House Democrats are expected to send the articles of impeachment to the Senate soon but the timing remains unclear. Sources have told CNN it could be as early as Friday.
Following Trump’s most recent impeachment in the House, former US Circuit Court Judge J. Michael Luttig weighed in on some constitutional questions, writing on January 12 in the Washington Post that “Congress loses its constitutional authority to continue impeachment proceedings against” Trump after he leaves office because “the Senate’s only power under the Constitution is to convict — or not — an incumbent President.”
Facts First: Given the limited language in the Constitution on impeachment, legal experts disagree about whether the Senate can convict a former president. However, with Democrats holding slim control of the Senate, there’s no reason to think the trial won’t go forward.
Under the Constitution, the House can impeach a President for “treason, bribery or other high crimes and misdemeanors.” Then the Senate holds a trial and needs a two-thirds majority to convict and remove the President from office. Another vote would be necessary to bar the then ex-President from holding office again, but this vote would require only a simple majority.
The Constitution doesn’t specifically address convicting an ex-President but simply says “The President,” VP and all civil officers “shall be removed from Office on Impeachment for, and Conviction of, Treason, Bribery, or other high Crimes and Misdemeanors.”
Legal experts and precedents
A January 15 Congressional Research Service report notes that while the Constitution “does not directly address” the issue, most scholars have concluded that Congress does have the authority to impeach and convict a former President.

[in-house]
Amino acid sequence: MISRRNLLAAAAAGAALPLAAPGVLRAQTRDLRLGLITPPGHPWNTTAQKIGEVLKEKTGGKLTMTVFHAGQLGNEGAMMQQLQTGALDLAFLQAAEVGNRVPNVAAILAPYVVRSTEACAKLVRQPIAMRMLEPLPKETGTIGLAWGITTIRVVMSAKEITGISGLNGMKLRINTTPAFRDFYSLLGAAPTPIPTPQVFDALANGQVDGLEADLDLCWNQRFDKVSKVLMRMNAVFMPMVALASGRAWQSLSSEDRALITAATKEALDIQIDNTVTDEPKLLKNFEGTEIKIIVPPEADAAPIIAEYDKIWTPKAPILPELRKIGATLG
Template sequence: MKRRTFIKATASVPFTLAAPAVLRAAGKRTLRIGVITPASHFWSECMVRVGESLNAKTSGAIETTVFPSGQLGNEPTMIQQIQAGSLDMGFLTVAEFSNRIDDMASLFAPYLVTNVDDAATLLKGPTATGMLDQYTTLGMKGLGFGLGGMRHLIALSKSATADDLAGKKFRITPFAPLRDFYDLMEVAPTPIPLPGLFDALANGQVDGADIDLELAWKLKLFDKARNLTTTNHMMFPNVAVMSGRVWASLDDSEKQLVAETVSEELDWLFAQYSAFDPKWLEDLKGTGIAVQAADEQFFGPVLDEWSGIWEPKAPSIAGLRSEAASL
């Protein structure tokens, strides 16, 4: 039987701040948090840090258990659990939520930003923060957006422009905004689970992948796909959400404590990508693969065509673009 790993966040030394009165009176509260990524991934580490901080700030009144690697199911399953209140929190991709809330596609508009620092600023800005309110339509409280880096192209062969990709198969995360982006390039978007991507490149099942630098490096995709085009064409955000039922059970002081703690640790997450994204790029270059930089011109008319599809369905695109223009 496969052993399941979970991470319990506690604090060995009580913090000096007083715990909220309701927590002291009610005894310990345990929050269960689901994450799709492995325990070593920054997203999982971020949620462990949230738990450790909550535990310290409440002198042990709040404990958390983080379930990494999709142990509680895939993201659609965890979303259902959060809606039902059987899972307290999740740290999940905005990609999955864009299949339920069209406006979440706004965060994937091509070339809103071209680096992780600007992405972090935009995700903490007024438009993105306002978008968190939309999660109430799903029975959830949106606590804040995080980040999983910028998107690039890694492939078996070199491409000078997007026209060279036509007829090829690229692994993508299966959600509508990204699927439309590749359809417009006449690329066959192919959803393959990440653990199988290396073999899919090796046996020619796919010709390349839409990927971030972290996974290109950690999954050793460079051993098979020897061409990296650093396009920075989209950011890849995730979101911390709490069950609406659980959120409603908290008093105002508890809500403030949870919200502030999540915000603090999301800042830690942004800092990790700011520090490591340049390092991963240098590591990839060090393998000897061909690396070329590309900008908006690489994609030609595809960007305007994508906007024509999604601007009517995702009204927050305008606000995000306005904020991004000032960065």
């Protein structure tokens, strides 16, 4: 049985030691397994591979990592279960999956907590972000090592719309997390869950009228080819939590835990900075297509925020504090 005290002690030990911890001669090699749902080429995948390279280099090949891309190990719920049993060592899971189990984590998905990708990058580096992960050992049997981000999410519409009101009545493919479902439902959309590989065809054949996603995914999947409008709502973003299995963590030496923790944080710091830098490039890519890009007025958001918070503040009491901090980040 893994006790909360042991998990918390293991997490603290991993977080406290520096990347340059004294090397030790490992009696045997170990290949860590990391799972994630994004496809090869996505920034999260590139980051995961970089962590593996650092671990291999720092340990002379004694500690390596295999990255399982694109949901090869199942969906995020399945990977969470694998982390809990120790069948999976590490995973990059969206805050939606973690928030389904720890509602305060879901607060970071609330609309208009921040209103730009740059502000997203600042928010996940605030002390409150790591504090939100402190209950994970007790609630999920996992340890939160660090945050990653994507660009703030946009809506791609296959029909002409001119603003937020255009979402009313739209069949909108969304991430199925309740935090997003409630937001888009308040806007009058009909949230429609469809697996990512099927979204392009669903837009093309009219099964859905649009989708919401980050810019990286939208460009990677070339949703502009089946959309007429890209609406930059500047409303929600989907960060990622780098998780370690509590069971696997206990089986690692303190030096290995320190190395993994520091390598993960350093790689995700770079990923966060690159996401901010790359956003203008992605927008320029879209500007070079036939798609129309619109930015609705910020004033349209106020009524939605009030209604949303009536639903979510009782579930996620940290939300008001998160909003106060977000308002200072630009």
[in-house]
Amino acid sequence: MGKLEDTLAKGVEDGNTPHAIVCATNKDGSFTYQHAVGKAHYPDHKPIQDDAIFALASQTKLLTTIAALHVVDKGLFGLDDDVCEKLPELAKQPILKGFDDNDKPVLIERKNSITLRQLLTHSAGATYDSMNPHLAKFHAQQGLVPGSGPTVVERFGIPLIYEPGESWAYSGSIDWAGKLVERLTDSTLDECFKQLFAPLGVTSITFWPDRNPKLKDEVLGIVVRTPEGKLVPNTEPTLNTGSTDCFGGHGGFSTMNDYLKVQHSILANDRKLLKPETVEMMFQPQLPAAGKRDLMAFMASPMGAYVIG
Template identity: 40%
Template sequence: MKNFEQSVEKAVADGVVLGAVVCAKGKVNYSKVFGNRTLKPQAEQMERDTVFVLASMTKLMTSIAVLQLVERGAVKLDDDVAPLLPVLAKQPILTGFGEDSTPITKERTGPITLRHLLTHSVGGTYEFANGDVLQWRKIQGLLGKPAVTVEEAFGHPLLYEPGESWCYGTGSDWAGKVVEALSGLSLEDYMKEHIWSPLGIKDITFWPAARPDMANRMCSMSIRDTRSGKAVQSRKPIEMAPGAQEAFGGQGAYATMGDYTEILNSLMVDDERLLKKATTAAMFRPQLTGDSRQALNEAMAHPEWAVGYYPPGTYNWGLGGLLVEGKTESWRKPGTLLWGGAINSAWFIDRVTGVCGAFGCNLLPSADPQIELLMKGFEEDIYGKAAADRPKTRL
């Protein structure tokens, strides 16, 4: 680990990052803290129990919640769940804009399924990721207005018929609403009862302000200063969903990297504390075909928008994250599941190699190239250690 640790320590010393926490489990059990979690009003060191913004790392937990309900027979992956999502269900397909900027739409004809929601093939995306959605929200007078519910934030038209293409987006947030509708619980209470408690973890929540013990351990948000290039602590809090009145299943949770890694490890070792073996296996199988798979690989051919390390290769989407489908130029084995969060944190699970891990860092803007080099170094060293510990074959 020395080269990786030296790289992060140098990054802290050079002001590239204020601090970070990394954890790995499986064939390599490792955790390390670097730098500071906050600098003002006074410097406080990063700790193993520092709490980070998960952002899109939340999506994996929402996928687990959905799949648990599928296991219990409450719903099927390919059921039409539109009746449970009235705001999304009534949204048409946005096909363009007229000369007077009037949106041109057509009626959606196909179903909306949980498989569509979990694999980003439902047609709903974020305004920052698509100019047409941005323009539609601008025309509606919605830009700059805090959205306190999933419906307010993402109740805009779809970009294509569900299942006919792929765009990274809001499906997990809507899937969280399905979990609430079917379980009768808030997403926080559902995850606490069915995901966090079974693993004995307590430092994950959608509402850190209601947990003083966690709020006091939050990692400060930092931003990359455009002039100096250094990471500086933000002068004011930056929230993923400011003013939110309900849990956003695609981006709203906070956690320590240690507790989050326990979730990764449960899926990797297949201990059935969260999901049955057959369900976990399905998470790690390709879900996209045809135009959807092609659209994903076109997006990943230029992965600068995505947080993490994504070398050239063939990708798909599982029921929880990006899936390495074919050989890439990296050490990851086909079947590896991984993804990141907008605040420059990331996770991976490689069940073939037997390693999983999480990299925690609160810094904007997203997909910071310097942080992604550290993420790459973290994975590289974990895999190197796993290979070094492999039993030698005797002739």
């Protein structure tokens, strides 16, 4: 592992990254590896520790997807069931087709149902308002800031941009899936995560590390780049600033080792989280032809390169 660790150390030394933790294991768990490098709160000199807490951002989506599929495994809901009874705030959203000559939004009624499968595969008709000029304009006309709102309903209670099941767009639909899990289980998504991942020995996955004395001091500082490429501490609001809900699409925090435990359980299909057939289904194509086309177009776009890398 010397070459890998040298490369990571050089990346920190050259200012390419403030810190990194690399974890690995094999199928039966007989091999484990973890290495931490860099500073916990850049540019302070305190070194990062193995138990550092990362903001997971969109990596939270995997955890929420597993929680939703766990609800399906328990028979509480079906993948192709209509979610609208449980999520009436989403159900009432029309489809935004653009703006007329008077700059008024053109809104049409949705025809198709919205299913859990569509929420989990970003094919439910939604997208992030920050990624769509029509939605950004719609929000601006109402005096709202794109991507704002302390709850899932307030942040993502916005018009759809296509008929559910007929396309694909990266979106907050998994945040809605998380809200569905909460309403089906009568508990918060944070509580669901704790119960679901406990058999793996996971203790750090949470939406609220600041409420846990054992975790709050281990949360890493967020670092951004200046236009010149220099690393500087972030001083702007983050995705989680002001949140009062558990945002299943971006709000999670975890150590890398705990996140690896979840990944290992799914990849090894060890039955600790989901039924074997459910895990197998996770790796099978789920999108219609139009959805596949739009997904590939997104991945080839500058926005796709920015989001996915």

In op-eds for the Washington Post and the New York Times, respectively, Harvard Law School professor Laurence Tribe and CNN legal expert Steve Vladeck, argue that such a trial is constitutional in part because the Senate’s role in an impeachment is defined by two separate judgments: one to remove and then subsequently another to disqualify.
Tribe noted that even though a former officer such as the President can no longer be removed from office, that “has no bearing on whether such an ex-officer may be barred permanently from office upon being convicted.”
And according to Vladeck, the Senate’s power to disqualify an individual from future office is “the primary evidence” that trying the impeachment of a former officer is constitutional.
“Were it otherwise, an officer facing impeachment, or an officer who has already been impeached and is about to be removed, could also avoid disqualification simply by resigning,” Vladeck wrote.
Yale University law professor Akhil Reed Amar agreed, telling CNN’s Joan Biskupic that “It would be absurd if you could escape by resigning one step ahead of the gavel.”
Biskupic also reported that Tulane Law School professor Ross Garber, who asserts that the Senate may try only a sitting president, nonetheless said the 1993 precedent, in which Mississippi federal judge Walter Nixon unsuccessfully challenged Senate trial procedures in his impeachment case, would likely make it difficult for Trump to find a court that would hear his appeal.
“I think the reasoning of Nixon (case) could be a problem for any Trump litigation effort,” Garber told CNN, adding that “it is very unlikely the Supreme Court would stop the Senate in its tracks in a direct Trump challenge to its jurisdiction.”
In addition to the Nixon case, a Congressional Research Service report from November 2019 cites — as precedent — the 1876 impeachment trial of Secretary of War William W. Belknap, who was tried and acquitted even after he’d resigned his office. The Senate ultimately upheld its authority to try Belknap even after his abrupt resignation — though some senators who voted to acquit indicated they did so because they felt the Senate lacked jurisdiction over Belknap once he was no longer in office.